We predicted a close election, but not at this point. It defeated Social Democrat Olaf Scholes (SPD) in Germany on Sunday evening over his rival Christian Democrat Armin Lachet (CDU-CSU). Two candidates denying Angela Merkel’s heirs came in pocket handkerchiefs. Thus, on Sunday evening, for the first time in the country’s recent history, the two leading candidates demanded the right to form a government coalition.
Since the beginning of the evening, Olaf Scholes has given a very small lead to one expulsion poll SPD and said another has won on par with CDU-CSU. With some points behind, Armin Lashet demanded the right to start negotiations. This will not be the first time the German president has been elected by a coalition, uniting a majority of elected officials, whichever party comes first. In 1969, Social Democrat Willie Brand came to power, while his party fell behind the Christian Democrats.
At SPD headquarters, if one wears a smile of victory, frustration is felt among supporters of Armin Lachet. His party did worse than expected from opinion polls, which saw them at gaining about 8 points after the 2017 election. On the contrary, to everyone’s surprise, Angela Merkel’s finance minister, Olaf Scholes, is said to have won by more than 5 points per party. For at least 15 years.
“The Germans voted for change […] They want more respect in this country, an industrial strategy and better protection of the environment, ”said Olaf Scholes. Whatever the outcome of the talks, which begin this week, this election appears to be a personal victory for Hamburg’s former mayor, not loved by his own party, because he was defeated as president, more so than the left.
Throughout the campaign, viewers would have noted that the man who unpacked the wallet during the Govt-19 epidemic was Angela Merkel’s real train. A successful strategy, according to opinion polls, would have displaced 1.4 million votes from the CDU-CSU to the SPD. “We are a pragmatic party. We have to govern how we govern and have everything we need for it,” Olaf Scholes added.
On Sunday, although his party was far from acknowledging defeat, the election appeared to be rather a bitter defeat for Armin Lachet. This candidate of the old guard of the CDU, described Glass As the “incarnation of boredom in politics,” the most famous leader of the CSU snatched Marcus Soder’s candidacy, clearly to the right of him. Before Lachet deposited his mistakes in the ballot box until the last minute, with a bad gesture, he was allowed to see who he had unfortunately voted for, which was illegal in Germany.
The Germans voted for change […] They want more respect, an industrial strategy and better environmental protection in this country
Disappointment was noticed among the Greens, whose candidate Annalena Barbach took the lead in all the polls at the start of the campaign. It counts her inflated CV and the plagiarism charges against her. The party recorded the best results in its history (15%), “although the party’s co-chairman Robert Habek agreed.
Liberals in the FPD were pleased to finally see a double-digit result (11%). On Sunday evening, its chairman, Christian Lindner, presented himself as a kingmaker. In 2017, Lindner refused to participate in the government of Angela Merkel. On Sunday, he did not appear to have ruled out any circumstances and said he would like to talk to the Greens first. Both of these parties represent one electorate from the privileged neighborhoods of the big cities so that one of the two major parties can impose their terms.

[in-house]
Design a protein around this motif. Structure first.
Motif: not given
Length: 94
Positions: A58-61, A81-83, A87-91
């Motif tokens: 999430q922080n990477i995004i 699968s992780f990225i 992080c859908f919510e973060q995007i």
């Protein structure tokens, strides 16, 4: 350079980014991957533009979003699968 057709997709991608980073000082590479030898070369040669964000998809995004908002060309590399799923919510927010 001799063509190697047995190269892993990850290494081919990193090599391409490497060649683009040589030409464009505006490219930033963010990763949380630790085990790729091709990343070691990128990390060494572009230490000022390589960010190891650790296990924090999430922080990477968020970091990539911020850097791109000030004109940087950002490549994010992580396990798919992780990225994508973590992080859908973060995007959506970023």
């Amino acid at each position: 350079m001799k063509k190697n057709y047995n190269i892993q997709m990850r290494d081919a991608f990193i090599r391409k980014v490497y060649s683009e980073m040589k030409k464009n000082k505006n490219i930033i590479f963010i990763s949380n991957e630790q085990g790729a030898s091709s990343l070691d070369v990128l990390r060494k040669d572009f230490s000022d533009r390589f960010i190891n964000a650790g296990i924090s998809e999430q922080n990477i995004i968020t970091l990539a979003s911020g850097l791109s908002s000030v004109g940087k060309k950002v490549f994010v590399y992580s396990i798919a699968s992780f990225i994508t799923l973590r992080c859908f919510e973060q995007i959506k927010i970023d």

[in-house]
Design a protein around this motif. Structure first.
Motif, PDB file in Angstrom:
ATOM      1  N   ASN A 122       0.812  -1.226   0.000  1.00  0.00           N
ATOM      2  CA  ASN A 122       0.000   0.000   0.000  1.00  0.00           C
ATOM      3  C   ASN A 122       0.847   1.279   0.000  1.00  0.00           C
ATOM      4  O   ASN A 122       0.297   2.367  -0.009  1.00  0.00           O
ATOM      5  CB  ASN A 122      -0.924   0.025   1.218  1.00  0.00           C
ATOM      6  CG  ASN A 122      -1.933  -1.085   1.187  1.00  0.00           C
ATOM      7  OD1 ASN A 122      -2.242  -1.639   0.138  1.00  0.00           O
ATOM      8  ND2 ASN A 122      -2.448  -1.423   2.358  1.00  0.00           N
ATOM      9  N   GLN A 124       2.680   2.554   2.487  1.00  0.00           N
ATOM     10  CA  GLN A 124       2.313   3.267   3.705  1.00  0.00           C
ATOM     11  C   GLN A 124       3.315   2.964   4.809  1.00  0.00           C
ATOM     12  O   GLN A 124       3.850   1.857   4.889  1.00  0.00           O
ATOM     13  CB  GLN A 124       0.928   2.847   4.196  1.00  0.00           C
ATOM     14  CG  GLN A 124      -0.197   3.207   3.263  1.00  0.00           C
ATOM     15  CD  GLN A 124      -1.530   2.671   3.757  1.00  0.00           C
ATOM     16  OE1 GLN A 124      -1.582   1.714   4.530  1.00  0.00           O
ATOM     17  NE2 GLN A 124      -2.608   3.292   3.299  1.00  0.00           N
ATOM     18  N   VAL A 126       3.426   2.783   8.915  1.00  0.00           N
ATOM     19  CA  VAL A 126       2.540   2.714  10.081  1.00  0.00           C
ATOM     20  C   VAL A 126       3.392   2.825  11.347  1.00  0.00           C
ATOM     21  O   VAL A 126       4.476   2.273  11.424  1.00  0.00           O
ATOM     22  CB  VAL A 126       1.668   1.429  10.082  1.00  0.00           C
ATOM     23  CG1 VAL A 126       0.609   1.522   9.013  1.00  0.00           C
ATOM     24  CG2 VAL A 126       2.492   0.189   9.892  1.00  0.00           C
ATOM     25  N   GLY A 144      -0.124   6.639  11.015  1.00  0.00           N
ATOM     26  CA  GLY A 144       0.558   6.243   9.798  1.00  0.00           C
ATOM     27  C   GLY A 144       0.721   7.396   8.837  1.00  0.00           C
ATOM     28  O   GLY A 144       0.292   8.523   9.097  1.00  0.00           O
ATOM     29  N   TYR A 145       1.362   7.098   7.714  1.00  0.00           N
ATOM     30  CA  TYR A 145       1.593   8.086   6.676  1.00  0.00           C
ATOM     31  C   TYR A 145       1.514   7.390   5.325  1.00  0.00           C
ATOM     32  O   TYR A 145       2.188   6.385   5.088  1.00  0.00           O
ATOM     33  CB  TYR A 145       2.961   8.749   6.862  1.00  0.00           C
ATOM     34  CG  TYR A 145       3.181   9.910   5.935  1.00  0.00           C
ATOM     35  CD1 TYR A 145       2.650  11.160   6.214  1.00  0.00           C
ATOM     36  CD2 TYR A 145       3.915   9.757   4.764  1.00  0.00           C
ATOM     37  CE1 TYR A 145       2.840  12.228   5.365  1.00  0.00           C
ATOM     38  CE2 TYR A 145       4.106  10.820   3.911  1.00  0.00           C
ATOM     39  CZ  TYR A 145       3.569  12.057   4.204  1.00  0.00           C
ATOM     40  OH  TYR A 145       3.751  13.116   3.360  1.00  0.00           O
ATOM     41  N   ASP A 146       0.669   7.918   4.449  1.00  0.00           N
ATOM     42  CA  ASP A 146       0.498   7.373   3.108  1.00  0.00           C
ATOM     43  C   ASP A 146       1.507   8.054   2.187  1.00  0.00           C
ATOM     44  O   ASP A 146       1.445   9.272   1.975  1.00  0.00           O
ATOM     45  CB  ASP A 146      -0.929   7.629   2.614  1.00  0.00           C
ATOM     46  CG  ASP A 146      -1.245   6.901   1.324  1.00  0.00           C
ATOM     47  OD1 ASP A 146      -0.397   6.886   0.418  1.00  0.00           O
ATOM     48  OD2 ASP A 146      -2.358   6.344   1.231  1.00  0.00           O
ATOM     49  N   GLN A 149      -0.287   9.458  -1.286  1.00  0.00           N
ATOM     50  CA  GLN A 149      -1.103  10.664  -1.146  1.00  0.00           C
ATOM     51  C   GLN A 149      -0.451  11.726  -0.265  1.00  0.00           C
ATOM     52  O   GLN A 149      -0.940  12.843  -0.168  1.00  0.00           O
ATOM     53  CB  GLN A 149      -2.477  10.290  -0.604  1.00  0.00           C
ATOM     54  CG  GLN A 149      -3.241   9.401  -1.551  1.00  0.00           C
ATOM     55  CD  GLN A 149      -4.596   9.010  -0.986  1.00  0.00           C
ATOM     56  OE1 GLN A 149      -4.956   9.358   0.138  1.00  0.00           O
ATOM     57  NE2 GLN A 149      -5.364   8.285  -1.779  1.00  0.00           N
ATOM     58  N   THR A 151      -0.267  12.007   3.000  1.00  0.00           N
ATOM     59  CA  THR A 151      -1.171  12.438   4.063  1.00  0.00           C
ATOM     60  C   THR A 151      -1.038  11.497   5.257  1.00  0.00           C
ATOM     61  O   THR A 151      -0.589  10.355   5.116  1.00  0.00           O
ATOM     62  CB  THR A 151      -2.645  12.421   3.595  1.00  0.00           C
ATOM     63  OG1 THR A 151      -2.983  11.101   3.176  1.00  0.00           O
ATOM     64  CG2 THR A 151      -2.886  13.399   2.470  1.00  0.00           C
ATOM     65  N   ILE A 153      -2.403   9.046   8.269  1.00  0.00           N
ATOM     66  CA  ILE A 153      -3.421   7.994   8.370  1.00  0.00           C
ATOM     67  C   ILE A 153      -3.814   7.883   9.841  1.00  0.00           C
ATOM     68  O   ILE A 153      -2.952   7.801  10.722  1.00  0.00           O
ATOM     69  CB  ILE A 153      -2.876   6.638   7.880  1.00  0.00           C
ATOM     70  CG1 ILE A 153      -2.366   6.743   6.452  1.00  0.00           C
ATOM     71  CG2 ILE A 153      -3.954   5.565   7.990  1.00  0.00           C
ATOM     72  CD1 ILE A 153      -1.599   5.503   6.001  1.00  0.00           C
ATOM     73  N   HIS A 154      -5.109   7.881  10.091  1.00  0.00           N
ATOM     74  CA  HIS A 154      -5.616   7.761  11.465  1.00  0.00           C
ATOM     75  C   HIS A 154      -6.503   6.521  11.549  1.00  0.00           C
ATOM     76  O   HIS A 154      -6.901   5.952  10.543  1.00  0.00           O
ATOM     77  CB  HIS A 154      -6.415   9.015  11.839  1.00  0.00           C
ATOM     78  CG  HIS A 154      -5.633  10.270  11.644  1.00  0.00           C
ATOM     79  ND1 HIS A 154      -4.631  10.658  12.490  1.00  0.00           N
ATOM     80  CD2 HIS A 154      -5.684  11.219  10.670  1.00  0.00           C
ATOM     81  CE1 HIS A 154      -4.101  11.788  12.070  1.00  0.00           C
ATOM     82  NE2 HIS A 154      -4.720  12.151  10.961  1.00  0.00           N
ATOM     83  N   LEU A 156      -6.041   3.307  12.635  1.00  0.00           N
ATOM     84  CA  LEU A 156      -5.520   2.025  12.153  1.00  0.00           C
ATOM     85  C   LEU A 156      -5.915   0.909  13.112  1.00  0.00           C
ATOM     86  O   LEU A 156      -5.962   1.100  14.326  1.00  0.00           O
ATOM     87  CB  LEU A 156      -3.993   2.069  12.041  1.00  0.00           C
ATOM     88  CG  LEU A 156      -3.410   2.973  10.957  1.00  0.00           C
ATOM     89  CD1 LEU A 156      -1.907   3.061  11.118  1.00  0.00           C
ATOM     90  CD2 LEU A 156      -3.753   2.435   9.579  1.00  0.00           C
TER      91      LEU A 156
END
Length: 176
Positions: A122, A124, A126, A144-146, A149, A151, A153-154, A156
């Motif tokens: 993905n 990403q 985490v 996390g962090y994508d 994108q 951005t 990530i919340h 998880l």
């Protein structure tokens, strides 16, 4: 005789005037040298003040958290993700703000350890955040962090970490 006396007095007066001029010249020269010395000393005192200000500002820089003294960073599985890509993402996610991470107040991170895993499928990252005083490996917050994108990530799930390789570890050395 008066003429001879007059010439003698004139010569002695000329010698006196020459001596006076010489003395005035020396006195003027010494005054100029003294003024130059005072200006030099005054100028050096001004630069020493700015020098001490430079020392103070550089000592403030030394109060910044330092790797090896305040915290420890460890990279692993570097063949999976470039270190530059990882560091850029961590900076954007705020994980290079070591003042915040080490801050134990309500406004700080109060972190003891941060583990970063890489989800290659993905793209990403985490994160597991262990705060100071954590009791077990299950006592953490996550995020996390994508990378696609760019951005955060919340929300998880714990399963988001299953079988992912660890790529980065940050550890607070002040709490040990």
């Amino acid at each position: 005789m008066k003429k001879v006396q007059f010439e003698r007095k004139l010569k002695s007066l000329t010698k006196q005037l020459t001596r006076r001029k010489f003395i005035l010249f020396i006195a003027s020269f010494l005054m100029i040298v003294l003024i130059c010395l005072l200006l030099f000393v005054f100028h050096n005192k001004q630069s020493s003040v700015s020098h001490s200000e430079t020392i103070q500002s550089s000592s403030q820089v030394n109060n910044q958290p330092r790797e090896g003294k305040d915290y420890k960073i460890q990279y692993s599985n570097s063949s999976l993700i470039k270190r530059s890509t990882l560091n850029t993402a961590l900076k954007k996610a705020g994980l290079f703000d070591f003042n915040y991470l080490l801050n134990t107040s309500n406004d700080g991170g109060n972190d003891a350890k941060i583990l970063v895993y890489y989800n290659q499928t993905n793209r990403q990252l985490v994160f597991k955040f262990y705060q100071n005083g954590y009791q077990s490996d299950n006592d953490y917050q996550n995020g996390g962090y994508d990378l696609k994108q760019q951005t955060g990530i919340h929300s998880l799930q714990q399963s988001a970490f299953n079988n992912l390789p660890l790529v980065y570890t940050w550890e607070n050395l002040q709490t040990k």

With 11% of the vote, the far-right AfD party, which entered parliament in 2017 after the immigration crisis, lost some points, but it is embedded in the political landscape. By contrast, with 5% of the vote, Die Linke’s far left is actually collapsing. On Sunday, it was uncertain whether the party would be represented in parliament. On the right, the fear that he would participate in an alliance with the SPD immediately evaporated.
Three way alliance
With such a split vote, the formation of a coalition government will be more complicated than ever. In 2017, it took almost six months to achieve this. After several attempts, Angela Merkel had to form an alliance with the SPD to form the so-called “Great Alliance” in Germany. This year, Olaf Scholes said the SPU would reject any alliance with the CDU-CSU. On Sunday evening, Armin Lachet announced that this was “not something to do.”
So only a three-party alliance is possible. Nothing in the German constitution prevents a party in the second place from trying its luck. So the SPD and the CDU-CSU did not exclude themselves from negotiations. Although Sunday’s candidates promised to act quickly, most observers believe that Germany will not have a government before Christmas.
Queues outside polling stations are not uncommon, as postal voting peaked on the famous summer day in Berlin. Ballots have even run out at some polling stations, such as the one at the Ustinov School in Charlottenburg. In some neighborhoods, we took them by bike. It must be said that the referendum and the district assembly election take place simultaneously in Berlin.
There were 709 delegates in the last bandwagon. No one knows how many will be there next Sunday since the list of elected representatives from 598 constituencies was added to the different number of elected representatives by the system to equalize the proportional votes each party received.
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